Throughout that first brutal and vicious winter, most of the colonists had remained aboard the ship, where they suffered from exposure, scurvy and outbreaks of contagious diseases. There was a lot of devastation and despair and it cost a lot of lives, as only half of the Mayflower’s original passengers and crew lived to see their first New England spring. In March, the remaining passengers moved a shore, where they were welcomed by a visit from an Abenaki Native American who greeted them in English.

A few days later he returned with another Native American called Tisquantum, who is more commonly known by Squanto who was a member of the Patuxet tribe who had been kidnapped by an English sea captain and was then sold into slavery before escaping to London and then returning back to his homeland on an exploratory expedition. The Pilgrims who were weakened by malnutrition and illness, were taught by Squanto everything he knows, on how to cultivate corn, and extract sap from maple trees, catch fish and avoid poisonous plants. He also helped the settlers to forge an alliance with the Wampanoag, a local tribe, which would then go on for more than fifty years and remains one of the sole examples of harmony between the Native Americans and the European colonists.

In November 1621, the Pilgrims’ first corn harvest proved a success, Governor William Bradford had organized a celebratory feast and invited a group of the fledgling colony’s Native American allies that would also include Wampanoag Chief Massasoit. It is now best remembered as American’s “first Thanksgiving” but the Pilgrims themselves would not have used those terms at that time, the festival celebrations lasted for three consecutive days.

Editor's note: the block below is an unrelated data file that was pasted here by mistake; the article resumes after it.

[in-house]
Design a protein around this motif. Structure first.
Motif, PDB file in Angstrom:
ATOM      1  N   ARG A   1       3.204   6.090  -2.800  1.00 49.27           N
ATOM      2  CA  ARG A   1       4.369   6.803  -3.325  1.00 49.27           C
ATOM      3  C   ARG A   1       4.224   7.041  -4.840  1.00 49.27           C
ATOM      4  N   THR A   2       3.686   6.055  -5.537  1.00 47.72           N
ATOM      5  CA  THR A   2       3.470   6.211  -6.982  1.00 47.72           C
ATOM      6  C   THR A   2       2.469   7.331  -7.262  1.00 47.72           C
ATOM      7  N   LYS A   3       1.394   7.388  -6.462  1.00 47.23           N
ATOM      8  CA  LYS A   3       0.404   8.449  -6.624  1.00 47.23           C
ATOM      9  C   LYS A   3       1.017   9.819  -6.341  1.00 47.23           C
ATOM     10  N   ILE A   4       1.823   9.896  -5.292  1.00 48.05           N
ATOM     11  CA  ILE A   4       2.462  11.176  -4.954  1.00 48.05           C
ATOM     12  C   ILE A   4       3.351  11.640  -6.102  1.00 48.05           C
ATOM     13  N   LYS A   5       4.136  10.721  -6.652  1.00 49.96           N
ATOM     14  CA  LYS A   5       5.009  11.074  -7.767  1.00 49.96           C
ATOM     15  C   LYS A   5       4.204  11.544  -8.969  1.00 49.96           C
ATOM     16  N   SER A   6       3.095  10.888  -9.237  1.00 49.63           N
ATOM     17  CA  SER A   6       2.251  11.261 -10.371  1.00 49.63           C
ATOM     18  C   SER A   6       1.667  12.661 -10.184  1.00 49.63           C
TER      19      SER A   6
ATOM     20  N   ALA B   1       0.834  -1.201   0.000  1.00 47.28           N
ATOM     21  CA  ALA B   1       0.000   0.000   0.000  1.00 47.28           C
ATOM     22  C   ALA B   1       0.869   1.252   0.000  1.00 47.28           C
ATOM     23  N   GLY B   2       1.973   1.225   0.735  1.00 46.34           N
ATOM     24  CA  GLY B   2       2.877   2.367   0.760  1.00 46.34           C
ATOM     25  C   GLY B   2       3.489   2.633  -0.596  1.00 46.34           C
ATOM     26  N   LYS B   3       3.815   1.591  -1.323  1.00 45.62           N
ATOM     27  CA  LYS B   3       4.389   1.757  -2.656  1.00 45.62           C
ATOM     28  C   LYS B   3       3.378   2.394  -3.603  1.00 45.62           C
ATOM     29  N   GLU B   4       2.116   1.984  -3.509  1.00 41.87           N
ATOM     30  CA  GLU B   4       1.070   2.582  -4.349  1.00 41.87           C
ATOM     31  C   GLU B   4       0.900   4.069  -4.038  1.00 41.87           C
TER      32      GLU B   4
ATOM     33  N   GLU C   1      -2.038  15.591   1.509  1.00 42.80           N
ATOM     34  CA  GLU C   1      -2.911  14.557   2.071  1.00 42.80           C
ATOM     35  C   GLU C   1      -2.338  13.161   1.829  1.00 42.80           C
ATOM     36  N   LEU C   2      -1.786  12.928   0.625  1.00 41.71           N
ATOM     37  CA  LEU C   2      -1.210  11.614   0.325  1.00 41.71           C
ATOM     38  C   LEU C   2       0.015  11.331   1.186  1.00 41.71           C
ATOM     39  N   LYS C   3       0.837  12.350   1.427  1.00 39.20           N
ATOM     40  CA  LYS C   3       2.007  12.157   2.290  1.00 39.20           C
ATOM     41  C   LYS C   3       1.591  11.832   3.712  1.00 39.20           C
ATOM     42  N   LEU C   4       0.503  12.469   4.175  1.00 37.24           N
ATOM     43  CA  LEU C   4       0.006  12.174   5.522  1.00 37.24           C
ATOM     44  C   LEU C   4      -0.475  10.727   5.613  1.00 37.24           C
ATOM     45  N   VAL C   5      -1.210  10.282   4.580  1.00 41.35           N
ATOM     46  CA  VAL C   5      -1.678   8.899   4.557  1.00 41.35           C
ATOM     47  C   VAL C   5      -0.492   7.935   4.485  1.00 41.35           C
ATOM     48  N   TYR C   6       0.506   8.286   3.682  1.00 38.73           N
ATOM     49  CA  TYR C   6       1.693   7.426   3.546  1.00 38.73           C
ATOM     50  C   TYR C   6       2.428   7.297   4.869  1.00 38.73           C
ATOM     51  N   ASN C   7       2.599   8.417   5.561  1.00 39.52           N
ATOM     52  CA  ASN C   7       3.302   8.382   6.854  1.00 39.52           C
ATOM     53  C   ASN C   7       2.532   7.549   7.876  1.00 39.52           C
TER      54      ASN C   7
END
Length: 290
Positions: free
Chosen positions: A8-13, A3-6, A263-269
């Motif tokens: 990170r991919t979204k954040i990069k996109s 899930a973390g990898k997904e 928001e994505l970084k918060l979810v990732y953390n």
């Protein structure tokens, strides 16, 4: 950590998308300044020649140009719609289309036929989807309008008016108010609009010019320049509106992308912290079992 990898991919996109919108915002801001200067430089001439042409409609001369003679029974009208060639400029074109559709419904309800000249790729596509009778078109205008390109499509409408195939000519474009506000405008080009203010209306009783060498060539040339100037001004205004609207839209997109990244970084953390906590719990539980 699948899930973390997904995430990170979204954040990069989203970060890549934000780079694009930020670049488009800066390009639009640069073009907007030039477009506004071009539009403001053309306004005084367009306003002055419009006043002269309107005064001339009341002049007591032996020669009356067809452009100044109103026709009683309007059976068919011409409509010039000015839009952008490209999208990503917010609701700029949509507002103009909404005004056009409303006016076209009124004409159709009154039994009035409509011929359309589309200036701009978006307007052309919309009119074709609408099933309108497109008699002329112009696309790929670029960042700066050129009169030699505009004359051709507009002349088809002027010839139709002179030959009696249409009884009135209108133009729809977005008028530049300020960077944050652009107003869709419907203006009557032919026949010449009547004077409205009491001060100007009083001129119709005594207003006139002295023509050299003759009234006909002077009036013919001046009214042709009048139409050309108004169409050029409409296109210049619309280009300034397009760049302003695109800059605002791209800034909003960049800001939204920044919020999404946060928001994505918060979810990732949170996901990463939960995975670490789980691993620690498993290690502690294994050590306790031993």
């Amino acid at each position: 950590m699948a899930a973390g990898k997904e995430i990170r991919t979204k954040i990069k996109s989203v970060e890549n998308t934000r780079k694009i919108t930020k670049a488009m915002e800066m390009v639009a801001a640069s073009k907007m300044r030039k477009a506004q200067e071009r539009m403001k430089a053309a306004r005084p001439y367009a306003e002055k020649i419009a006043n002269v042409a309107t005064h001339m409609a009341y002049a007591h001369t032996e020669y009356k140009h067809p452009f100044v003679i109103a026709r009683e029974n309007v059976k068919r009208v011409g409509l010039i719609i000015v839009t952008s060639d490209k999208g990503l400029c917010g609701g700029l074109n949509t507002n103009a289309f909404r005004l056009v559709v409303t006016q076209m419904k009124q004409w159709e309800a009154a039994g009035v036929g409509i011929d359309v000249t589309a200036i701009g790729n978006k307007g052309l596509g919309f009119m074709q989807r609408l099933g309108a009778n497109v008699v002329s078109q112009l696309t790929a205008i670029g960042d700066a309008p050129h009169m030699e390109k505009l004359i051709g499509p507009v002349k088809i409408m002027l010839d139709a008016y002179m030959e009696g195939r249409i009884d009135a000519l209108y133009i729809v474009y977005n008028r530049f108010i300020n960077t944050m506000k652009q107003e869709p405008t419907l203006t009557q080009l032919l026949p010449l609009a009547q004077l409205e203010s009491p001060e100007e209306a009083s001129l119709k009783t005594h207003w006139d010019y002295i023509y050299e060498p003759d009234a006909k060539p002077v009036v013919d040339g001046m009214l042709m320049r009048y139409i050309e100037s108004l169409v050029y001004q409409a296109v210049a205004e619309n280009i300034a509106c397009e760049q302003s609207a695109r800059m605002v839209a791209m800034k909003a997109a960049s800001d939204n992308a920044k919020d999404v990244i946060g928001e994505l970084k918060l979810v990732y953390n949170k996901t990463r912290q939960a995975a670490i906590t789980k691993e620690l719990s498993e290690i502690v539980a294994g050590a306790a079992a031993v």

Traditions of Today

In many American households they have lost the religious aspect of the Thanksgiving celebrations, instead it centres more on cooking a beautiful meal and enjoying spending time with family and friends, football, playing games and the Macy’s Thanksgiving parade. Turkey has become a symbol for the Thanksgiving Day holiday.

12 Fun Facts about Thanksgiving

  • The first Thanksgiving was held in the autumn of 1621 that included fifty pilgrims and ninety Wampanoag Indians and the celebrations lasted three days. Many historians believe that there were just only five women present at the first Thanksgiving as many women settlers did not survive that difficult first year in the U.S.